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39 entries.
Catherine Ladnier from Greenwich, CT wrote on December 7, 2015 at 7:10 pm:
I visited the exhibit last week and found it very moving. Since 2010, I have been putting on programs on the Japanese American experience --based on letters written by Mills College students. The Mills girls wrote to the President Aurelia Reinhardt from their internment camps. The President was a 1905 PhD from Yale. Your exhibit had a piece from Mine Okubo. Mills College gave her her first public showing. I would be most interested in contributing to your programs. My website is
Perren Reilley from Dallas wrote on December 6, 2015 at 8:15 am:
Please remember Mikiso Hane.

"No scholar has done more than Mikiso Hane to enable Westerners to understand what Japan's modern history has really meant to the Japanese people," wrote historian John Dower of the Massachusetts Institute of Technology about Hane's books in 1992.

Hane was born in 1922 in Hollister, California, to Japanese immigrant parents and lived there until the age of ten, when his parents sent him to Japan, where he lived with an uncle and attended school in Hiroshima.

Hane returned to the United States in 1940, and following the outbreak of war with Japan in 1941, he was interned by the United States government in a camp in Arizona from May 1942 until October 1943.

After 18 months in the internment camp, Hane applied for a position teaching Japanese at a program operated by the U.S. Army at Yale University. Following the war he earned college degrees at Yale — a bachelor's degree in 1952, a master's degree in 1953, and a doctoral degree in 1957 -- paying his own way through college by teaching Japanese and setting type for an Asian studies journal.

Hane's books on women and peasants -- segments of Japanese society often overlooked in traditional histories are credited with revolutionizing Japanese historical scholarship through extensive use of personal narratives. "The oral history tradition started in the United States with Studs Terkel's interviewing style," Hane told an interviewer in 1983. "I wanted to know what life meant for peasants, as individuals, in pre-war Japan; how women viewed life. I am interested in the personal experiences of individuals."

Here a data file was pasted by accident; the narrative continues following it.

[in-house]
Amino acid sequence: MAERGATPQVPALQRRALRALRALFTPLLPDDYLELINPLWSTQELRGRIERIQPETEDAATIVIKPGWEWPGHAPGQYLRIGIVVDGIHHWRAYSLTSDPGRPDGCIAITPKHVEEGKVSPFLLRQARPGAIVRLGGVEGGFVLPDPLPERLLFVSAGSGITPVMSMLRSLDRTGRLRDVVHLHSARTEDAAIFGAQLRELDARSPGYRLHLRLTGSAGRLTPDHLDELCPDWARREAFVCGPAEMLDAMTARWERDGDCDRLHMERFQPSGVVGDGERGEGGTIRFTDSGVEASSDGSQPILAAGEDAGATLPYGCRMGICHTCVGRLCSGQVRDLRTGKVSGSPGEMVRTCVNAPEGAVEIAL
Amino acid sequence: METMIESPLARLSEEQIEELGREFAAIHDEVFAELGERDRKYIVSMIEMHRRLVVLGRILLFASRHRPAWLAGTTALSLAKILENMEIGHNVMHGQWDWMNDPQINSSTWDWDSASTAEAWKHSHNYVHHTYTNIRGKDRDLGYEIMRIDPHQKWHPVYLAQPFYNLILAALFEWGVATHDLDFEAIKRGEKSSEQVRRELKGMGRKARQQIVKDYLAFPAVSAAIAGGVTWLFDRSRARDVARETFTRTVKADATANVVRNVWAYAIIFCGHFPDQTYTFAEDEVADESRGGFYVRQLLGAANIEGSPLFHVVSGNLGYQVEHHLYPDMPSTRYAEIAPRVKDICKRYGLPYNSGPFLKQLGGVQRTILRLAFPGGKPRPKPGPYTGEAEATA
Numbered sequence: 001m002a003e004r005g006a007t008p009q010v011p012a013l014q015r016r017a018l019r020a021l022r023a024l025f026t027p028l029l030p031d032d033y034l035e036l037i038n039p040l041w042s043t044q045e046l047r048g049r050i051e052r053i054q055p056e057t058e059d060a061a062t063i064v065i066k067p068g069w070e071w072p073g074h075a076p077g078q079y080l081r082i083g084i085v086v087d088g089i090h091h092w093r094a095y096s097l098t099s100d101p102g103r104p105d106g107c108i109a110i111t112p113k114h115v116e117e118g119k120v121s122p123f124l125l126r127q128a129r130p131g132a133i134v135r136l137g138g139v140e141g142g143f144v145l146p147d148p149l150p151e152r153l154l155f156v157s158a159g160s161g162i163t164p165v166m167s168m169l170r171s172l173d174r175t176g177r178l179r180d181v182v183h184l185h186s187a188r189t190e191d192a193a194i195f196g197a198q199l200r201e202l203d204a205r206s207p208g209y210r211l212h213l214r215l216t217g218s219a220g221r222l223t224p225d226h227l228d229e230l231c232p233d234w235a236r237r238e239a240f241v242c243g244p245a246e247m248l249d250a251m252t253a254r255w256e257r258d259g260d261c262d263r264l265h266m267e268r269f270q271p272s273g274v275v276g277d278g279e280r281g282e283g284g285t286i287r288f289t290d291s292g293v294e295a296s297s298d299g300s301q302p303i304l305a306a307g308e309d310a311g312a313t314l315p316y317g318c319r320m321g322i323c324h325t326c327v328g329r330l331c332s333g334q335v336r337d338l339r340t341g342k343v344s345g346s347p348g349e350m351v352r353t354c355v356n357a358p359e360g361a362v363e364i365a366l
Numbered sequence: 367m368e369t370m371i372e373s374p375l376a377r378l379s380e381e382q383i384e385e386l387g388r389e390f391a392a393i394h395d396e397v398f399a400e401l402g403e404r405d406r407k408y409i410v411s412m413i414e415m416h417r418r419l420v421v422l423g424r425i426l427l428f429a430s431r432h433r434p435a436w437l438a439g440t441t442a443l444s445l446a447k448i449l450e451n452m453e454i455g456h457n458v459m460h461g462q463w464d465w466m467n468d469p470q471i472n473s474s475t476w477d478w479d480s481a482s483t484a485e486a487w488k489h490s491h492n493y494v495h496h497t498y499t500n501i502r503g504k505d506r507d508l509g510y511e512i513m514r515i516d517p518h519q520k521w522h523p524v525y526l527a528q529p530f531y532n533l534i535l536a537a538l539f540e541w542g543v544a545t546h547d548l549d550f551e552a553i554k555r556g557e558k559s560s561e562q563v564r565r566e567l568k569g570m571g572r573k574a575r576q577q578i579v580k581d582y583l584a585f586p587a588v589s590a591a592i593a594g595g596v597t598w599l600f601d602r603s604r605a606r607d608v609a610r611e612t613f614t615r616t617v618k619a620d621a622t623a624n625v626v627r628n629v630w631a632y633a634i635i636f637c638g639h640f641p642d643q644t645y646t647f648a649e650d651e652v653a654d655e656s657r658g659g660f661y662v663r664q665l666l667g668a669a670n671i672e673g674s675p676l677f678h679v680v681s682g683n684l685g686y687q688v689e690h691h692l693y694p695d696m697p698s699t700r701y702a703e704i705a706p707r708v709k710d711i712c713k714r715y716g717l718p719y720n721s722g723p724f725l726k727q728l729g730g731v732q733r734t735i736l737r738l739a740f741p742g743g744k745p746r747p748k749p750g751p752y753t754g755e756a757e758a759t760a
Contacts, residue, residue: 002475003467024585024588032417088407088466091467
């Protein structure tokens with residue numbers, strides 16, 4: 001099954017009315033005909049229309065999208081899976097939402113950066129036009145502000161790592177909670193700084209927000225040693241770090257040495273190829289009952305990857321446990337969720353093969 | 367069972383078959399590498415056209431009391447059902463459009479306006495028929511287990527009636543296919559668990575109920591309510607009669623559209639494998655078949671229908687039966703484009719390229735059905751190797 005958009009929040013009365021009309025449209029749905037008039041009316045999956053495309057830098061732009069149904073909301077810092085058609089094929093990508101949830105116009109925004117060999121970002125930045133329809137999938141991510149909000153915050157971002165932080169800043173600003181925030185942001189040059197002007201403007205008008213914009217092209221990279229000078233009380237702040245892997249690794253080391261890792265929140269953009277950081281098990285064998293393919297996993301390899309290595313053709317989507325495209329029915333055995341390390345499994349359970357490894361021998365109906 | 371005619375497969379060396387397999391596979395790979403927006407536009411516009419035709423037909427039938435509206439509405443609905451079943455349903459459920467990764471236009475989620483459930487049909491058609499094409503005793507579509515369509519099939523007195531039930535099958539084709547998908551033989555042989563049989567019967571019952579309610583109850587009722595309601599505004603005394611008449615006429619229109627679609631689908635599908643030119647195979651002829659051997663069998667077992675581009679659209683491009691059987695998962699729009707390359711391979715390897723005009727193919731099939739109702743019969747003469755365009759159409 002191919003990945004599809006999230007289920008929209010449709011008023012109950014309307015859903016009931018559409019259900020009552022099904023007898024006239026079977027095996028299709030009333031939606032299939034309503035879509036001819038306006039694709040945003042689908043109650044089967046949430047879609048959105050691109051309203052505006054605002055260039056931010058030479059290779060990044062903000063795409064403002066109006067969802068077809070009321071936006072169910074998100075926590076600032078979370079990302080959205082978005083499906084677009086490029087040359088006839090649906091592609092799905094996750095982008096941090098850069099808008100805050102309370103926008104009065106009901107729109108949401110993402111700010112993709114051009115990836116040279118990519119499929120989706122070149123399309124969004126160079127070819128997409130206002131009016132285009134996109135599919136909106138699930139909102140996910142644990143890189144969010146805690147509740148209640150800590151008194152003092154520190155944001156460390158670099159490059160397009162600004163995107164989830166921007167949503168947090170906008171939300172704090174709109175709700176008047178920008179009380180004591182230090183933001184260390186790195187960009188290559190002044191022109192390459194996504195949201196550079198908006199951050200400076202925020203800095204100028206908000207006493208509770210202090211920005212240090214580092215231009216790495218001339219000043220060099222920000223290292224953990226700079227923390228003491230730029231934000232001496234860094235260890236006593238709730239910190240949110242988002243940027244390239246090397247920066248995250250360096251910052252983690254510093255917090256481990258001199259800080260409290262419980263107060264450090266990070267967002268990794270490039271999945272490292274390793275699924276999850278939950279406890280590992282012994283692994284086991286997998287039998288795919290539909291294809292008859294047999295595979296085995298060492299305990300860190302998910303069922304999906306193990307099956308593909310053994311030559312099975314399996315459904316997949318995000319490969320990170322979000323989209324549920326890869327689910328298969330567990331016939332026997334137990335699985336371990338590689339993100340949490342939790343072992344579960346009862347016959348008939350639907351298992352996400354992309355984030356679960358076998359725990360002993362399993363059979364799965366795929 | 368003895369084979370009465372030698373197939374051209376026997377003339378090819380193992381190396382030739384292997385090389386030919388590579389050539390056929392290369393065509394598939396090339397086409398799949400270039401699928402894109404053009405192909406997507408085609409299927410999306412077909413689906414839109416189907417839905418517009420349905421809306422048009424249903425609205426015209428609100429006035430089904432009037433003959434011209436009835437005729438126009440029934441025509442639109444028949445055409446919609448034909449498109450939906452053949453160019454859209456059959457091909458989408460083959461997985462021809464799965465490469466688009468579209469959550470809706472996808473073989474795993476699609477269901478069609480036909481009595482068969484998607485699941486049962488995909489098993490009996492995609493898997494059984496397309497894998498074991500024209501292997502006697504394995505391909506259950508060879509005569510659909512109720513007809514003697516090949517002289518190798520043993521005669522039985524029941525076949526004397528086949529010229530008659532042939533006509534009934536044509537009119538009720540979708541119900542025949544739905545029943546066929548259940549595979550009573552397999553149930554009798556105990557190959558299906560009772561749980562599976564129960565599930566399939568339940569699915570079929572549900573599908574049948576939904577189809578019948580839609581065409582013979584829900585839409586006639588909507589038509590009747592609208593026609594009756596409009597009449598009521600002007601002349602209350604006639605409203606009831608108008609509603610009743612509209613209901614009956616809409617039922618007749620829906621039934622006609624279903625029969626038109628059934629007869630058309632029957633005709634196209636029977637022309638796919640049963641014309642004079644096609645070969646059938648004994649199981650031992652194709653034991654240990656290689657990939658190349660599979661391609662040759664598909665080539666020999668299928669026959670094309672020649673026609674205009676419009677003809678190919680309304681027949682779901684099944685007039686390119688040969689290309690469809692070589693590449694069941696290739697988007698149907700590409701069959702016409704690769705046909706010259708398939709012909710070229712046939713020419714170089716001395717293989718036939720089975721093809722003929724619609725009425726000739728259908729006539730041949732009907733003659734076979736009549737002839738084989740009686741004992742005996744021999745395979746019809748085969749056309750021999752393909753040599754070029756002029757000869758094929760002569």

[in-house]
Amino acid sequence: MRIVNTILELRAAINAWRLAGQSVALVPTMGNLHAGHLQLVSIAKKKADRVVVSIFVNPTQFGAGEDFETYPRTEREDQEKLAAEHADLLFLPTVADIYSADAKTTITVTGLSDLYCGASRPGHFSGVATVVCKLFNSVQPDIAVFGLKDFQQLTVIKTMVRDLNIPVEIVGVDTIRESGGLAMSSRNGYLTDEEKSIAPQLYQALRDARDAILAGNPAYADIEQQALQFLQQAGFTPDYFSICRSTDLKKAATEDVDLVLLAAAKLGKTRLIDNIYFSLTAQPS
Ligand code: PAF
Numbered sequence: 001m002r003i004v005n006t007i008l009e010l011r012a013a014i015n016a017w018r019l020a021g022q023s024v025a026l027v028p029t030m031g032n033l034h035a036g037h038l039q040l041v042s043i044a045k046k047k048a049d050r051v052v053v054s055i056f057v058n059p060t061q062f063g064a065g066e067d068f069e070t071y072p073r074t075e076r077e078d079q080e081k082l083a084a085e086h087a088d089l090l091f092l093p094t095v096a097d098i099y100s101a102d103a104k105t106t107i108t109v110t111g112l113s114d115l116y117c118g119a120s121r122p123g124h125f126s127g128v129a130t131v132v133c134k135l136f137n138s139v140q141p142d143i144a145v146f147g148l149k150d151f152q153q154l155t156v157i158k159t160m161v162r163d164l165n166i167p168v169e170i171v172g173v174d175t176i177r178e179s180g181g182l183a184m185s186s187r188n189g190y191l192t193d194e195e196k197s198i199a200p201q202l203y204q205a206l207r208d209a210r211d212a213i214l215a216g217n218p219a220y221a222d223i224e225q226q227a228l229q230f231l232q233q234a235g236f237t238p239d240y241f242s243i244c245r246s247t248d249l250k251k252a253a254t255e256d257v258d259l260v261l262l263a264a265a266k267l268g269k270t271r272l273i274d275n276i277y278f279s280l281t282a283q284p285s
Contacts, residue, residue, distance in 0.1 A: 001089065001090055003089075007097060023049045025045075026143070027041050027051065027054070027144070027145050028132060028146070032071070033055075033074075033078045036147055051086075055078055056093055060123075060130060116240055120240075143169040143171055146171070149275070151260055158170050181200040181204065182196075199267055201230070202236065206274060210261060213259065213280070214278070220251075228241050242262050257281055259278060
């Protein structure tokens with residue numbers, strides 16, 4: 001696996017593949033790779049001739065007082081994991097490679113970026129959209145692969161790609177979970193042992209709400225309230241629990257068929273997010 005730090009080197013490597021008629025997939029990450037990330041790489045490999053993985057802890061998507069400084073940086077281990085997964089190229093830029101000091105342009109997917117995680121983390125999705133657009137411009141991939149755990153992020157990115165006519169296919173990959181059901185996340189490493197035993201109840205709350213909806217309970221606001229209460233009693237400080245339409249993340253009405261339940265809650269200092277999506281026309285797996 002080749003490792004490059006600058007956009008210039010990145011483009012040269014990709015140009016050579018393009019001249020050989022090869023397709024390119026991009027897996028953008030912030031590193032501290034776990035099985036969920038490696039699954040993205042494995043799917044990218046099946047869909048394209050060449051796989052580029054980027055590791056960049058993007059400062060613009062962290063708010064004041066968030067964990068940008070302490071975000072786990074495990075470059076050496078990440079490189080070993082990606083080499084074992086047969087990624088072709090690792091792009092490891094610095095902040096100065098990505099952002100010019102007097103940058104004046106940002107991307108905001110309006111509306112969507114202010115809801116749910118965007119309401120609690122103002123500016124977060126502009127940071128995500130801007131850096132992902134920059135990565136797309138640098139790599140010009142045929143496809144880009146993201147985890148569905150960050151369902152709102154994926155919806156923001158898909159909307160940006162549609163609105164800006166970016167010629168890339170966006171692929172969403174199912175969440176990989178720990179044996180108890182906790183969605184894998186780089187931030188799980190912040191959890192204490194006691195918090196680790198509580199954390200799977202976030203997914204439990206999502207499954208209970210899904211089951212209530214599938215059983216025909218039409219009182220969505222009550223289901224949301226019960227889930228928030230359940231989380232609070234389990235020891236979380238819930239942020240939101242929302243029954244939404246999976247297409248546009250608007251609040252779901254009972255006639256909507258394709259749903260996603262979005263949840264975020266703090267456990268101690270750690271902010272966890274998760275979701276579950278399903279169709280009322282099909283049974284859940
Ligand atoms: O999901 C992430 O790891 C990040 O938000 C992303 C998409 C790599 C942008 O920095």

According to Dower, Hane went beyond "the elites and famous intellectuals... to those ground beneath the wheels of so-called progress. and he has revealed this to us in the most simple and eloquent way possible -- by letting the Japanese speak in their own numerous and varied voices."

Dower said Hane's research has been "more than just a significant scholarly accomplishment. It is a great humanistic contribution as well."
Terrence May from Boulder, CO wrote on December 5, 2015 at 6:15 pm:
When I first saw Dorothea Lange's photographs of the Mochida family and learned they were from Hayward, CA, I was simply stunned. I was born in Hayward a few short years later, and simply could not believe this injustice happened in my hometown. It made it very personal for me. I regret I will not be able to attend this exhibit, but truly appreciate your efforts in putting it together. History teaches us lessons if we are willing to learn. Today's political environment is ripe for repeating our mistakes - let's learn from this exhibit!
Mary Longorio from Eagle Mountain, UT wrote on December 3, 2015 at 9:56 pm:
Our visits to Topaz and the Topaz Japanese American Internment Camp Museum have made me always on the lookout to build upon that experience. Thank you for curating such a lovely collection of glimpses into the lives that inhabited those camps. This is a haunting site..
John Singer from Baltimore, MD wrote on December 2, 2015 at 10:54 pm:
Most fascinating exhibition. I first learned of this sad chapter of American history in high school when a classmate brought in a documentary film about the camp where her parents and grandparents were interned. Later, coincidentally, I worked for the former chair of the Commission on Wartime Relocation on Wartime Internment of Civilians and read the Commission's report. Subsequently visited Heart Mountain's remains while on a family vacation. The exhibit continues to flesh out my understanding of this event and is especially timely given all of the current refugee concerns.
John S. Levinson from Los Angeles, CA wrote on December 2, 2015 at 5:21 pm:
In memory of Kenso Kiyohiro an incredible American who always took the high road and never blamed the American government for his and his peoples internment. He got out of Camp Manzanar and went to work and never looked back. Dedicated to his Japanese community and to his country, the United States of America. A true example for all mankind.
Elena Tajima Creef from Sherborn, MA wrote on December 2, 2015 at 3:36 pm:
Beautiful digital site. Thank you.
Amy Miao from Providence, RI wrote on November 27, 2015 at 7:26 pm:
Seeing this exhibit has really inspired and rekindled my love for history. Thank you so much! ❤
Colby Douglas from Honolulu, HI wrote on November 27, 2015 at 6:54 pm:
Thank you for putting this together! I like how it gives a sense of place to this history.